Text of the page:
Three Arizona businesses announced CEO transitions in June: the Arizona Coyotes, one of the state’s largest charities and a tribal enterprise.
The three transitions brought Arizona CEO changes to 16 for the first half of 2017, reported career-transitioning firm Challenger, Gray & Christmas.
That compares to 11 over the first half of 2016.
Nationally, there were 95 CEO transitions in June, bringing the first-half total to 567, down from 624 over the first half of 2016.
One of the most high-visibility changes was the resignation of Uber’s CEO, Travis Kalanick, who faced criticism amid disclosures that the ridesharing company tolerated a culture of sexual harassment and discrimination.
Uber has been looking at some female candidates to take over as head of the privately held corporation that Kalanick helped to establish.
“Especially in Silicon Valley tech companies, where there is a dearth of women in high-level, high-profile positions, this would be a particularly wise move,” John Challenger, CEO of Challenger, Gray & Christmas, said in a statement.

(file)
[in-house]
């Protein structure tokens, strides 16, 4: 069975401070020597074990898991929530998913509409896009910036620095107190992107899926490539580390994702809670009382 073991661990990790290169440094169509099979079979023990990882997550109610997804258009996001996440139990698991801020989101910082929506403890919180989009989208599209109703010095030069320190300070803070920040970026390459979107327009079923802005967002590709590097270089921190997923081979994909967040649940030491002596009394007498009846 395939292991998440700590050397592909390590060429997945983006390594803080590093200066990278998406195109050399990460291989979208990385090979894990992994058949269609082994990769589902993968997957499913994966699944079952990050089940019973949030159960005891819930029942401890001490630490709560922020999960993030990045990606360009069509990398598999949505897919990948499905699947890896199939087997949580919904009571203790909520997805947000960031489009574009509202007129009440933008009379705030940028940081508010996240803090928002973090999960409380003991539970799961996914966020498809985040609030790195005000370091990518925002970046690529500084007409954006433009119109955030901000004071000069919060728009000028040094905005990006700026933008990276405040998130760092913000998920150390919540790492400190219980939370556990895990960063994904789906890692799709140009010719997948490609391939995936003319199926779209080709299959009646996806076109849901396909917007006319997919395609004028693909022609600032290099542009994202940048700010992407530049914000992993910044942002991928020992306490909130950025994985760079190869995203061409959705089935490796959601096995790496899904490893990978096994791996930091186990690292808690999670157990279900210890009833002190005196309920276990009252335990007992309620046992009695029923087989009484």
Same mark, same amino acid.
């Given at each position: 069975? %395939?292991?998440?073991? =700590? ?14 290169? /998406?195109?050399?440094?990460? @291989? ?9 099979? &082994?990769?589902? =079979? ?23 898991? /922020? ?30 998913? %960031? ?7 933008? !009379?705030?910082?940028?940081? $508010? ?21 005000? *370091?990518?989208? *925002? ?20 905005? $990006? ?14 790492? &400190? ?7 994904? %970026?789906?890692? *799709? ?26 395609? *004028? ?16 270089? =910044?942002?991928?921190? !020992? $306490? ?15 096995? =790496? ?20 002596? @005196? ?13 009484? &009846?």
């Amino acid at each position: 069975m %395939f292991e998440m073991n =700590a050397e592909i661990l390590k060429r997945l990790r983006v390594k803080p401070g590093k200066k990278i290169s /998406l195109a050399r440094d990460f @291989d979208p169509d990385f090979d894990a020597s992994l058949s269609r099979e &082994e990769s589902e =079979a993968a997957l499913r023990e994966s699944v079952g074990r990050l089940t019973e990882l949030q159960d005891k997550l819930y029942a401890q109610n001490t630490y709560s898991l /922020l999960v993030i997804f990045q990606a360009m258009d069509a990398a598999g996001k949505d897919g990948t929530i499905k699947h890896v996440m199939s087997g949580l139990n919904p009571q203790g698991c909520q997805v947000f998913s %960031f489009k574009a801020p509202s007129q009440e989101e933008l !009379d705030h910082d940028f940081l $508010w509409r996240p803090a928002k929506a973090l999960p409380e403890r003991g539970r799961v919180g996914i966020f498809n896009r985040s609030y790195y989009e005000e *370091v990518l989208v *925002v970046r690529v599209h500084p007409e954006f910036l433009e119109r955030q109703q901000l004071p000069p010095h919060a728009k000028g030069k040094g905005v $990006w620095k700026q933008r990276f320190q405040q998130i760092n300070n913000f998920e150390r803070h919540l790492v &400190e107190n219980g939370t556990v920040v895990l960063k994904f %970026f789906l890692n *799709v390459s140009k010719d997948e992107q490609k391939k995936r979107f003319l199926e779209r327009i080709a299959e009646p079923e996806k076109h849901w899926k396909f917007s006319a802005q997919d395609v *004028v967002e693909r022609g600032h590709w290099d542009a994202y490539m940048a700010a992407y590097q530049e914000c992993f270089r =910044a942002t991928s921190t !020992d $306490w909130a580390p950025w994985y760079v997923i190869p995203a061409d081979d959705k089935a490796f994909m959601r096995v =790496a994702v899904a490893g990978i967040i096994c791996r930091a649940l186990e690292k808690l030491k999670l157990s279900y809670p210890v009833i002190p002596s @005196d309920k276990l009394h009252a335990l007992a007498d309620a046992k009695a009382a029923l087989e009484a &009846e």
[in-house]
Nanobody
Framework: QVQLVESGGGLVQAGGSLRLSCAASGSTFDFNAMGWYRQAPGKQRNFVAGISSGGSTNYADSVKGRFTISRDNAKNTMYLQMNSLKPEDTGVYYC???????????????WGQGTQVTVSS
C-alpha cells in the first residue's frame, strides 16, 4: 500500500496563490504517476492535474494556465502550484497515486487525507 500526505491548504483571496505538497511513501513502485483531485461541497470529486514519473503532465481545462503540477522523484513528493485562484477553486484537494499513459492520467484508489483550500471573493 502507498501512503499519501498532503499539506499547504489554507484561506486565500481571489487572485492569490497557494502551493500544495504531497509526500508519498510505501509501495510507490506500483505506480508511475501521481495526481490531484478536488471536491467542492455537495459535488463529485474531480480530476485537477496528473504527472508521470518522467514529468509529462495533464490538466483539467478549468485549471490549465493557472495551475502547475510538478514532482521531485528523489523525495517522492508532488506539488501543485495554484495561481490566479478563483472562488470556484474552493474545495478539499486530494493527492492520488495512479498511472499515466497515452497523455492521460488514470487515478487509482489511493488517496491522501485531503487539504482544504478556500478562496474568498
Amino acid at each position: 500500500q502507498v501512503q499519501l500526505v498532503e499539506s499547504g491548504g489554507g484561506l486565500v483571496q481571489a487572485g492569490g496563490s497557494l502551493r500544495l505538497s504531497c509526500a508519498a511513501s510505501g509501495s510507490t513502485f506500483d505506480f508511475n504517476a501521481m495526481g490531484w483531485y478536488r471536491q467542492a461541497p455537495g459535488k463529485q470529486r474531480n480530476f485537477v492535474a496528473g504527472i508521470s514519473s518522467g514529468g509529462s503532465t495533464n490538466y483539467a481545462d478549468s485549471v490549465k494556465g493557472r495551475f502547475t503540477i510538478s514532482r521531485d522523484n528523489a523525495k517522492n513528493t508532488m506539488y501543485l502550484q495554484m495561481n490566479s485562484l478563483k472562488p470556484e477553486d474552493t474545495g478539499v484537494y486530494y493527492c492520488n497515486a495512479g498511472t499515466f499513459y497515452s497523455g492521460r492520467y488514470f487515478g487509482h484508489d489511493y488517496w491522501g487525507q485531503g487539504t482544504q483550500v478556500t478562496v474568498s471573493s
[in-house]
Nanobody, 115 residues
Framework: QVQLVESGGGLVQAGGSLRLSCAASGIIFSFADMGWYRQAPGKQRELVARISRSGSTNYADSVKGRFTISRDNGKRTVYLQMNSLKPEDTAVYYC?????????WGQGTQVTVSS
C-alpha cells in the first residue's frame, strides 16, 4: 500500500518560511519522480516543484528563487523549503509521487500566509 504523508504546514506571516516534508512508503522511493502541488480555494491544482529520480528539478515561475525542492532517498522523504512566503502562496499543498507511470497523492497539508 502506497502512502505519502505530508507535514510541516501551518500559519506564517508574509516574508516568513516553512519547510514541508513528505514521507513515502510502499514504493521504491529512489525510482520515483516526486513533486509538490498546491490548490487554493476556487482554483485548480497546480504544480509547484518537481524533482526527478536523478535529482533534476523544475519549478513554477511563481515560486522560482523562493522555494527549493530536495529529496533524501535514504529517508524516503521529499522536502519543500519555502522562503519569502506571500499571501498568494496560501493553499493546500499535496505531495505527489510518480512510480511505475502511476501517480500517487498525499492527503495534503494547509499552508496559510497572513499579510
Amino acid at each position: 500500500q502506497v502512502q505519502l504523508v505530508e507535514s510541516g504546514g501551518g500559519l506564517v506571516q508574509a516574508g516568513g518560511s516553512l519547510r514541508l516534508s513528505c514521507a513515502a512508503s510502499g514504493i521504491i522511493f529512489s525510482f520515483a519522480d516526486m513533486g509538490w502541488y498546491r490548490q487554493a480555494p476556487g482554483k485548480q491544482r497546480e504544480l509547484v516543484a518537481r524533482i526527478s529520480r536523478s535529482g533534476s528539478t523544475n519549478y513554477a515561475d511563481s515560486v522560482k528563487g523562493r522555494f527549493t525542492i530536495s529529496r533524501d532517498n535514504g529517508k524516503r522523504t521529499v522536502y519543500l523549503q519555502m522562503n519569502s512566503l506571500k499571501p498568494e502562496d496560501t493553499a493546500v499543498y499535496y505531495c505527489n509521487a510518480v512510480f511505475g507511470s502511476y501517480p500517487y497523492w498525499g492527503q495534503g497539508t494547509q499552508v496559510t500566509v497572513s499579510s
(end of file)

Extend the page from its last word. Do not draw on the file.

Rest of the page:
Anthony LeBlanc stepped down in June as president and CEO of the Arizona Coyotes amid management changes at the pro hockey franchise. He was replaced this month by Steve Patterson, the former athletic director at Arizona State University.
Also in June, Dave Richins was named CEO of Mesa-based United Food Bank, one of Arizona’s largest non-profit groups. A former Mesa city councilman and business executive, Richins replaced Ginny Hildebrand, who retired earlier in 2017 after three years at the helm.
The third Arizona CEO change involved Roberta Roberts taking over the Navajo Housing Authority in Window Rock. An Arizona Republic investigation asserted that the agency, under former CEO Aneva Yazzie, mismanaged millions of dollars of federal grants designed to provide housing for tribal members. Yazzie served in the post for 10 years.
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